Cartel de los Soles News

Could Dissent in Venezuela Military, Judiciary Crack Maduro's Criminal Regime?

Could Dissent in Venezuela Military, Judiciary Crack Maduro's Criminal Regime?

Cracks have appeared in Venezuela's increasingly criminal regime. Dissidence has set in within the military, which is propping up the flailing government, and a key opposition leader is calling for more soldiers to defect, while the attorney general continues to challenge the president. 

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Cartel of the Suns

Cartel of the Suns

The term "Cartel of the Suns" (Cartel de los Soles) is used to describe shadowy groups inside Venezuela's military that traffic cocaine. It is in some ways a misleading term, as it creates the impression that there is a hierarchical group, made up primarily of military officials, that sets the price of cocaine inside the country. There are cells within the main branches of the military -- the army, navy, air force, and National Guard, from the lowest to the highest levels -- that essentially function as drug trafficking organizations. However, describing them as a "cartel" in the traditional sense would be a leap. It is not clear how the relationship between these cells works, although rivalries between them have apparently turned deadly in the past.

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  • With Chavez Win, Venezuelan Gangs Could Expand

    Hugo Chavez's victory in the presidential elections will give Venezuela's organized criminal syndicates another six years to grow and consolidate their power, in South America's most important transit nation for cocaine going to the US and Europe.

  • Cartel of the Suns

    The term "Cartel of the Suns" (Cartel de los Soles) is used to describe shadowy groups inside Venezuela's military that traffic cocaine. It is in some ways a misleading term, as it creates the impression that there is a hierarchical group, made up primarily of military officials, that sets the price of cocaine inside the country. There are cells within the main branches of the military -- the army, navy, air force, and National Guard, from the lowest to the highest levels -- that essentially function as drug trafficking organizations. However, describing them as a "cartel" in the traditional sense would be a leap. It is not clear how the relationship between these cells works, although rivalries between them have apparently turned deadly in the past.

  • Cartel of the Suns

    Sun insignia worn by Venezuelan generals

    The term "Cartel of the Suns" (Cartel de los Soles) is used to describe shadowy groups inside Venezuela's military that traffic cocaine. It is in some ways a misleading term, as it creates the impression that there is a hierarchical group, made up primarily of military officials, that sets the price of cocaine inside the country. There are cells within the main branches of the military -- the army, navy, air force, and National Guard, from the lowest to the highest levels -- that essentially function as drug trafficking organizations. However, describing them as a "cartel" in the traditional sense would be a leap. It is not clear how the relationship between these cells works, although rivalries between them have apparently turned deadly in the past.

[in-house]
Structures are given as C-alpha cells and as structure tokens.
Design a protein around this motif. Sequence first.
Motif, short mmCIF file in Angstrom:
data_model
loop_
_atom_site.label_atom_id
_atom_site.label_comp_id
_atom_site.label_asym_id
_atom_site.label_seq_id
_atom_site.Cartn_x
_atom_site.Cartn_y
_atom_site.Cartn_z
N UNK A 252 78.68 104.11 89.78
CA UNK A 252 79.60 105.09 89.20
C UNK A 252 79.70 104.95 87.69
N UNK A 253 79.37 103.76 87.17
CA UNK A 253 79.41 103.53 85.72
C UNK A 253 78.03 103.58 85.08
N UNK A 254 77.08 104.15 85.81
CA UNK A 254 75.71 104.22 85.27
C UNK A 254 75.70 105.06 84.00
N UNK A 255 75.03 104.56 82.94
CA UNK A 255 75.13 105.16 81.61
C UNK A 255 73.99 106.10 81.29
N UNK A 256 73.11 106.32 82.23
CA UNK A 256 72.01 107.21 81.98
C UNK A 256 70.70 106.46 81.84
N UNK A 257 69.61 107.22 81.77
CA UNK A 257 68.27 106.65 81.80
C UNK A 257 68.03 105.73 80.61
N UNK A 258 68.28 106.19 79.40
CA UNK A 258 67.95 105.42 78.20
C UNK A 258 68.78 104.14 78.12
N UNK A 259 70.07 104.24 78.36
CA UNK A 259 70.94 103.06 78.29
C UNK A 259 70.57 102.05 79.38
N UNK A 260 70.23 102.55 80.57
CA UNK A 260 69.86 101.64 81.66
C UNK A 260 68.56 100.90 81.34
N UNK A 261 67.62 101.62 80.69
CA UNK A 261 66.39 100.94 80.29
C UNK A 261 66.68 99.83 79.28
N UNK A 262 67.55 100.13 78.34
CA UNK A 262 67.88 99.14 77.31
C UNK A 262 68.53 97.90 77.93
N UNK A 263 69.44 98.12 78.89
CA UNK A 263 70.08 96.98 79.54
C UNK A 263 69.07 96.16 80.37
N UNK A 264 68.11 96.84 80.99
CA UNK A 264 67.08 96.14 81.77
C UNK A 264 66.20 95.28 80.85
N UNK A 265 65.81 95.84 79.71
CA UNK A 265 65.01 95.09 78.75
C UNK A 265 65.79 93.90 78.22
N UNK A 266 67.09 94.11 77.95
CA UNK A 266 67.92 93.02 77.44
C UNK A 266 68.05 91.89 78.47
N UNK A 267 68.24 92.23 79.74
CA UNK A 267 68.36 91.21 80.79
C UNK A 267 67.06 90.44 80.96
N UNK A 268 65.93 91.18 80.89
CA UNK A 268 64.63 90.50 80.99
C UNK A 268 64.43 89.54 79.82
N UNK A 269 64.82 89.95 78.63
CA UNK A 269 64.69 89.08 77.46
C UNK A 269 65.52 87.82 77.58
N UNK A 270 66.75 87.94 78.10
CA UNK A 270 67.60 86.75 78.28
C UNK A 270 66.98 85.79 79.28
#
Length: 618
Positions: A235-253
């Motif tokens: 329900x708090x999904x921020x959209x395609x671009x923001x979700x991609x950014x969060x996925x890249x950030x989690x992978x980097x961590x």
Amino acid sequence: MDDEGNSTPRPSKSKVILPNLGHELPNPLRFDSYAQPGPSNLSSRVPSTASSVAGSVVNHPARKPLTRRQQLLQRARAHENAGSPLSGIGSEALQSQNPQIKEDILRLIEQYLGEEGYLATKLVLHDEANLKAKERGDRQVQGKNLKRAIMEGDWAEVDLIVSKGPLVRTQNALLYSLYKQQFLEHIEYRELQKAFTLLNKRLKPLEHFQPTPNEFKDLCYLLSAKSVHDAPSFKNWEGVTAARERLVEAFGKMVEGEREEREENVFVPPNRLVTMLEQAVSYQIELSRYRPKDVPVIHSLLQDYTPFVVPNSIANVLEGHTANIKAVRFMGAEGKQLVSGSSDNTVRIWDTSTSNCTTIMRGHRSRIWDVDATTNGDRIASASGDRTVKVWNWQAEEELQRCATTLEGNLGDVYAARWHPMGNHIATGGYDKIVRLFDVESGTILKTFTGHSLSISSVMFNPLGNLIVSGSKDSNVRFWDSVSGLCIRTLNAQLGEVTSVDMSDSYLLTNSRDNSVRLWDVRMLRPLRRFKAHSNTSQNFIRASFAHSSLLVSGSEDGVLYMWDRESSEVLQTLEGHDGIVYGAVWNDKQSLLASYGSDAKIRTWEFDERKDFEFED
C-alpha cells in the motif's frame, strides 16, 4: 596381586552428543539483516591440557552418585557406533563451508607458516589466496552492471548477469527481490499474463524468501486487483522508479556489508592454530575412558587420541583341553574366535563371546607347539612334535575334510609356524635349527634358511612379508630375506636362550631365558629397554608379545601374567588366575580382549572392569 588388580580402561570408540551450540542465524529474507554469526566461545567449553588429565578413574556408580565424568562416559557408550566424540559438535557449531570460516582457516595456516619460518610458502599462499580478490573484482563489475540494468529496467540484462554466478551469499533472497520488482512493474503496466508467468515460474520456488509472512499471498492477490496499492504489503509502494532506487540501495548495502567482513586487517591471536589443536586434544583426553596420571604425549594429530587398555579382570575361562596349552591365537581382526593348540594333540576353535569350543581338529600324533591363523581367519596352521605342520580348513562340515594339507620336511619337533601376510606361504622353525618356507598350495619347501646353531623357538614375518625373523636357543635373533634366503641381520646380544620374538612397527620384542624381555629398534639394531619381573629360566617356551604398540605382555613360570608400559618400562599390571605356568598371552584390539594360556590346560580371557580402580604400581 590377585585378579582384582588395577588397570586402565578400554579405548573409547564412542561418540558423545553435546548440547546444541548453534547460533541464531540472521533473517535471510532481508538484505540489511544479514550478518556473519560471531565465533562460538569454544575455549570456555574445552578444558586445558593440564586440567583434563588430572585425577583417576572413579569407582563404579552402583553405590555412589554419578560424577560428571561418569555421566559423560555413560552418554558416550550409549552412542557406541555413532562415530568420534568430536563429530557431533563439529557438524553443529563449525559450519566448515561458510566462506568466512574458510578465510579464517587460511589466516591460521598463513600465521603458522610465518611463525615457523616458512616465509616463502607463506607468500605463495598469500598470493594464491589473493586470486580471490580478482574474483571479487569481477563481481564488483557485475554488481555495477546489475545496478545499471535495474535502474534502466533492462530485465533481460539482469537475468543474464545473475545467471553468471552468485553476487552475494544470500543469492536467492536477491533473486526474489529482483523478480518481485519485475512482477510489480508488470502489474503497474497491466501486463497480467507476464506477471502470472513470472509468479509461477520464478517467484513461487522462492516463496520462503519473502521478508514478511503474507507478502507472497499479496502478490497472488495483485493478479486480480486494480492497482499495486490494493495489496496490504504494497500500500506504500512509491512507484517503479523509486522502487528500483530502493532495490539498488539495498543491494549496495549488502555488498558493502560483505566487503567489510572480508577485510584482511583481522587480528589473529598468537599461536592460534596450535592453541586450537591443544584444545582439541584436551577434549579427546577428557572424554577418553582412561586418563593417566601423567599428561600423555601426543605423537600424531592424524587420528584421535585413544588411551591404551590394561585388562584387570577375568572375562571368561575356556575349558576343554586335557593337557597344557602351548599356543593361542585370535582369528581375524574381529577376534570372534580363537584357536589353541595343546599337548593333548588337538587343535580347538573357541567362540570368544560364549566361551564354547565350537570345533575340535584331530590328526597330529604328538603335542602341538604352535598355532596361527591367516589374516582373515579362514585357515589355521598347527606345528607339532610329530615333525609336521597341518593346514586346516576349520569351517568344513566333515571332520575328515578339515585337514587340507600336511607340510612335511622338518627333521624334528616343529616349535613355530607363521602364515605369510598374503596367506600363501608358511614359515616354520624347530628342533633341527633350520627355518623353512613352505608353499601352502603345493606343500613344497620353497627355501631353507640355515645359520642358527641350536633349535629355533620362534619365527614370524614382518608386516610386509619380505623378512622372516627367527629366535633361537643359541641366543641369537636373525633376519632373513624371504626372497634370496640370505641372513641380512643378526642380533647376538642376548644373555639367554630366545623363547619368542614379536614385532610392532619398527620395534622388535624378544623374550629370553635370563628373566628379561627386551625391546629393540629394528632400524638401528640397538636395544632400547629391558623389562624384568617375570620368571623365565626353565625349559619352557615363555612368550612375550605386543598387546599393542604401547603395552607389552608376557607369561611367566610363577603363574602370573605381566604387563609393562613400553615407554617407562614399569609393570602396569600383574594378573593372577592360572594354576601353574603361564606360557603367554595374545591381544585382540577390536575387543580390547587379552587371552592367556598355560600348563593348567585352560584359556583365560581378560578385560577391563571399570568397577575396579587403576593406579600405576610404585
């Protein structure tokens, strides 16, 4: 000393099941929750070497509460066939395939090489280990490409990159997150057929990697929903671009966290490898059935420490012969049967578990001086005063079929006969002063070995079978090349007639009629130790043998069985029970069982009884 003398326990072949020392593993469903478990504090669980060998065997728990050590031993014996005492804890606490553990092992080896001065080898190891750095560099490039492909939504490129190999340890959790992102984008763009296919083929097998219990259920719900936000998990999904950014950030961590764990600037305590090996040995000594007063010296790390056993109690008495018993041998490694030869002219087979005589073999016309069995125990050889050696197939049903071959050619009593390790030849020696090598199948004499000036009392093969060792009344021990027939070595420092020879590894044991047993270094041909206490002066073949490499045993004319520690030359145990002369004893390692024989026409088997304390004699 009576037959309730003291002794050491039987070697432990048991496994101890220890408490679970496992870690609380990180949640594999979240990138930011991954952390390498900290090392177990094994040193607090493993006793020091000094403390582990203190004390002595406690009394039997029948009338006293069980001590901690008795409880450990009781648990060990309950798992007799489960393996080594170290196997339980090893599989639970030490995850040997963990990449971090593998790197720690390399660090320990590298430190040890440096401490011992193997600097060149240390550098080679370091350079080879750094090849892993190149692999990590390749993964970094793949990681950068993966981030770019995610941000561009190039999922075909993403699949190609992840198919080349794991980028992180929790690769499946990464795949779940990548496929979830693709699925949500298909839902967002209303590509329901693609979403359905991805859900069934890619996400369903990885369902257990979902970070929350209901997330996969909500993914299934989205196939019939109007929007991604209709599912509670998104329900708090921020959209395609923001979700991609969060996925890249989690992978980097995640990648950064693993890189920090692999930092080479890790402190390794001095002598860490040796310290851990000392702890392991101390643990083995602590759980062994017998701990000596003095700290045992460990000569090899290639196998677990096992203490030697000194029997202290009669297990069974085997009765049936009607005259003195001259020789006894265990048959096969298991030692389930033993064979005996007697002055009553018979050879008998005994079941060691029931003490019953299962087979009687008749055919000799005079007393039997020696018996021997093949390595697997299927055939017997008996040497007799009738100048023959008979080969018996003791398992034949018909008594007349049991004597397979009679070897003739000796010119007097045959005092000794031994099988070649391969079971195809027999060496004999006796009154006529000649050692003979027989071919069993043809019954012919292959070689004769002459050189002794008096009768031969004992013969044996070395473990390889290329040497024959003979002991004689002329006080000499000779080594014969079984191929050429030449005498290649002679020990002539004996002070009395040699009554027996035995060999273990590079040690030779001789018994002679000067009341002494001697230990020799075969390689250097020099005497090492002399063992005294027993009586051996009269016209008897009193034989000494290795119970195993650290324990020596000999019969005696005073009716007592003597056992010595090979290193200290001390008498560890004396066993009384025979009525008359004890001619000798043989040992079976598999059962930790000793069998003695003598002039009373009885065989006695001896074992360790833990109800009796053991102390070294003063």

• Mexican Drug Boss Implicates Venezuelan Generals in Cocaine Ring

    A captured leader of the Beltran Leyva Organization (BLO) has accused Venezuelan generals of complicity in an international cocaine trafficking network that sent drug flights to Mexico, in the latest evidence of criminal ties in Venezuela's military.

  • 'Blame Game' Fails to Explain Why Venezuela is Cocaine Hub

    Venezuelans like to blame Colombia for their problems with organized crime while Colombians say that Venezuela has its own powerful drug trafficking organizations working closely with members of the country's security forces. Both statements seem to be true.

  • Trial of Venezuelan Kingpin Makled Begins Behind Closed Doors

    The trial of Walid Makled, a drug kingpin who claims that he worked with Venezuela's political and military elite, has started in a closed courtroom in Caracas, fuelling concerns he may be silenced by the authorities.

  • Is Venezuelan Military Stepping Up Role in Drug Trafficking?

    Allegations that Venezuelan President Hugo Chavez knew of drug trafficking charges against his new defense minister not only suggest institutional corruption in the security forces, but that the president is unwilling, or unable, to take action.

  • Venezuela Politician Makes Narco-Corruption Claims

    A local politician from the state of Anzoategui, northeast Venezuela, has publicly reported a number of soldiers to the authorities for alleged links with drug trafficking.